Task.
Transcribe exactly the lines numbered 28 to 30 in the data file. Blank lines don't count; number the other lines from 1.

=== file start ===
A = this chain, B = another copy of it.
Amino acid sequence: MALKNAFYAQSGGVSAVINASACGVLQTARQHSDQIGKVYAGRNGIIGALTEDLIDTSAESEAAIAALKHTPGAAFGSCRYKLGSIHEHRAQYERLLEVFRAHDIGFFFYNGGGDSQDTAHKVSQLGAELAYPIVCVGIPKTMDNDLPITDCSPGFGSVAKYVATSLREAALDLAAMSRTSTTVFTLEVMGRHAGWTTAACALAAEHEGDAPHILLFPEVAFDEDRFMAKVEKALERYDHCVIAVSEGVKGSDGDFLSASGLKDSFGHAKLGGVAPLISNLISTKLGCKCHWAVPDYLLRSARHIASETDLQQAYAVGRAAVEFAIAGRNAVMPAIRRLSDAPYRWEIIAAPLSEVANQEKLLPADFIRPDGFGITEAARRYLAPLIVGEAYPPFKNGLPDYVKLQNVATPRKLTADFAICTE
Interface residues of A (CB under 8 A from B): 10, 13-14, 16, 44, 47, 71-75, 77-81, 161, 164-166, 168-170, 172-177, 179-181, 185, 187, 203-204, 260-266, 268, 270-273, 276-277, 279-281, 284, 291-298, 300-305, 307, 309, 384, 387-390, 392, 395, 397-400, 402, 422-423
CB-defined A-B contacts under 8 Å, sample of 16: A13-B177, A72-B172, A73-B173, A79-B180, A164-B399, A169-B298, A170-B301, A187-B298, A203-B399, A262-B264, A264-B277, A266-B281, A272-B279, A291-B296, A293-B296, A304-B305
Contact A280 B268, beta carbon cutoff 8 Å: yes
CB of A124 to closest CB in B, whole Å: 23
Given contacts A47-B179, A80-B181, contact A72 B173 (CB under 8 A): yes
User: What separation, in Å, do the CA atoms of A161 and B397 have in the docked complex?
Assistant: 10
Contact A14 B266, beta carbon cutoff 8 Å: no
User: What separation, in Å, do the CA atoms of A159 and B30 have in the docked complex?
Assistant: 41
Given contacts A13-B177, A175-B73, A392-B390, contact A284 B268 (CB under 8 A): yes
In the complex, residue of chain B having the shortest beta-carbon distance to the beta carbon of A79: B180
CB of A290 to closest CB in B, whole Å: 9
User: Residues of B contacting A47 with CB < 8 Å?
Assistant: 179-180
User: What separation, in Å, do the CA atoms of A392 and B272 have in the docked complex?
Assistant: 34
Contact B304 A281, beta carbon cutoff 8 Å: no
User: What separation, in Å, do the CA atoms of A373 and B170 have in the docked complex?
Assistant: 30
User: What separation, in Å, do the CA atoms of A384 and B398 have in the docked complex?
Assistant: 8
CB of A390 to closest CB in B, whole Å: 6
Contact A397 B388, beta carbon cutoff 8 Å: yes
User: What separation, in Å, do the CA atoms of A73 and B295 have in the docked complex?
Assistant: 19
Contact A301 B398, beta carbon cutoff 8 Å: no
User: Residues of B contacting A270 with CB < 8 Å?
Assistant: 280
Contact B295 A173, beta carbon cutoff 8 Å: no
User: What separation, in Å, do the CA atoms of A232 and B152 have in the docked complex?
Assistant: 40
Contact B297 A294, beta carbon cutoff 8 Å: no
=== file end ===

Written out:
Assistant: 19
Contact A301 B398, beta carbon cutoff 8 Å: no
User: Residues of B contacting A270 with CB < 8 Å?